Last year, 12 of the world’s leading golfers with a disability from seven different countries competed in the ISPS HANDA Disabled Golf Cup, which was contested immediately after the second and third rounds of the ISPS HANDA Melbourne World Cup of Golf at The Metropolitan Golf Club.
The talent on display was indeed world class, with Team World defeating Team Australia for the trophy. As competitions like these become more prominent, golfers of all skill levels will have an even greater appreciation for the game’s universal appeal.
The sublime talent of golfers with disabilities was on display again only weeks later at the 2019 Special Olympics World Games in Abu Dhabi.
Funds raised by the European Tour Foundation - the Tour’s charitable arm - at the 2018 BMW PGA Championship, were used to finance the travel for Team Great Britain golfers and their coaches to Yas Links Abu Dhabi Golf Club.
The charitable grant has given promising golfers like 18-year-old Warren Clark the opportunity to realise their potential and compete on the world stage.
More info about the Special Olympics here: http://www.europeantourfoundation.org/our-work/special-olympics/
Chris Hull, Communications Director at Special Olympics GB, said: "Special Olympics has helped to transform their attitude not only to sport, but to life as well."
Golf made its debut at the Special Olympics World Games in 1995 and includes a mix of stroke play competition and unified sports team play at some of the most pristine and technical golf courses in each host city.
Thursday April 18: Golf for everyone
There is almost no end to the health and wellness benefits that golfers and golf enthusiasts enjoy by remaining active within the game.
As a simple task, walking has a strong correlation to a person’s overall health. It improves cardiovascular fitness, reduces the risk of stroke, and increases both life expectancy and quality of life from both a physical and psychological standpoint.
The health benefits found in golf are for everyone and you do not have to play the game to reap the health benefits of long walks in the sunshine or the improved social bonds of quality time spent with friends and family.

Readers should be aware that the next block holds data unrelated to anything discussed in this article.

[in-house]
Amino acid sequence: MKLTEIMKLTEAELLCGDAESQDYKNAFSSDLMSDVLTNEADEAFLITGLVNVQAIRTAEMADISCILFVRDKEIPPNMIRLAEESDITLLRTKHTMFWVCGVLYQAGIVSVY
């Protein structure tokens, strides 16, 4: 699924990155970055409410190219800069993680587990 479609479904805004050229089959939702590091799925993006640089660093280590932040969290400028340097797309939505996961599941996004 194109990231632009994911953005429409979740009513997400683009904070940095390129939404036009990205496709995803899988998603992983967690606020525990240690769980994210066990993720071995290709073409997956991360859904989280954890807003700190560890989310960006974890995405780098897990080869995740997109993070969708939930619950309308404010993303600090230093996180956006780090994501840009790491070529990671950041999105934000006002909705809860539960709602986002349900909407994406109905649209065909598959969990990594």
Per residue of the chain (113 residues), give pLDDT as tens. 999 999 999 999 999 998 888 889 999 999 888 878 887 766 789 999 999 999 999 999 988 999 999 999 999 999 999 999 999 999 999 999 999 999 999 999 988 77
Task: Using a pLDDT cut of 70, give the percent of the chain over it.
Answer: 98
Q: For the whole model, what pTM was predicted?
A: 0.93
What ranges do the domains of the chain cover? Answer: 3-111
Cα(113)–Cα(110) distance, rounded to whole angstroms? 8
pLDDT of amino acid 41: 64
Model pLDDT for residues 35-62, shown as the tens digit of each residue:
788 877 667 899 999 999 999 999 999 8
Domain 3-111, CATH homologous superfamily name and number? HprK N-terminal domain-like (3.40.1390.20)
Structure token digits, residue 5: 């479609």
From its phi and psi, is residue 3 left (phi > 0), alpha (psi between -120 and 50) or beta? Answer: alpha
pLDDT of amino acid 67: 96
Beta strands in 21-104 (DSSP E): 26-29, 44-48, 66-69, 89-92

More than ten million people spectate at golf tournaments each year and, unlike many sports, are not restricted to a seat in an arena. They can roam all over the golf course and can walk for miles upon miles.
At the 2017 Shenzhen International, spectators collectively walked the length of the Great Wall of China seven times while at The 2014 Ryder Cup, fans collectively walked four times around the world.
Whether watching or playing, golf is another great way to reduce the amount of time we spend sitting, which a growing body of evidence is now saying can have detrimental effects on our health.
Friday April 19: Golf clubs
With Easter upon us and a long weekend in store, it is an ideal time to visit your local golf club and see what activities they have to offer.
The social aspect of golf, particularly being a member of a local club, is key to health and wellbeing. Many golf clubs contain a lot more than 18 holes, with the clubhouse being the social hub. Playing golf may be the main aspect to its location, but golf clubs may offer a lot more, from a gym to fitness classes, or a place simply to unwind and relax.
Socialising and enjoying the company of others has been scientifically proven to reduce stress and improve our mental health. Whilst golf can sometimes be stressful and tiresome, the company of a fourball can benefit our brains and physical health.
The European Tour Foundation invests in local clubs where European Tour events have taken place, focussing on junior golf and the next generation learning the game, giving local communities the chance to get involved and golf and help benefit their mental and physical.
By helping the local golf clubs, the European Tour Foundation are achieving two of their three guiding principles; supporting the communities in which the European Tour operates and supporting the global development of the game of golf.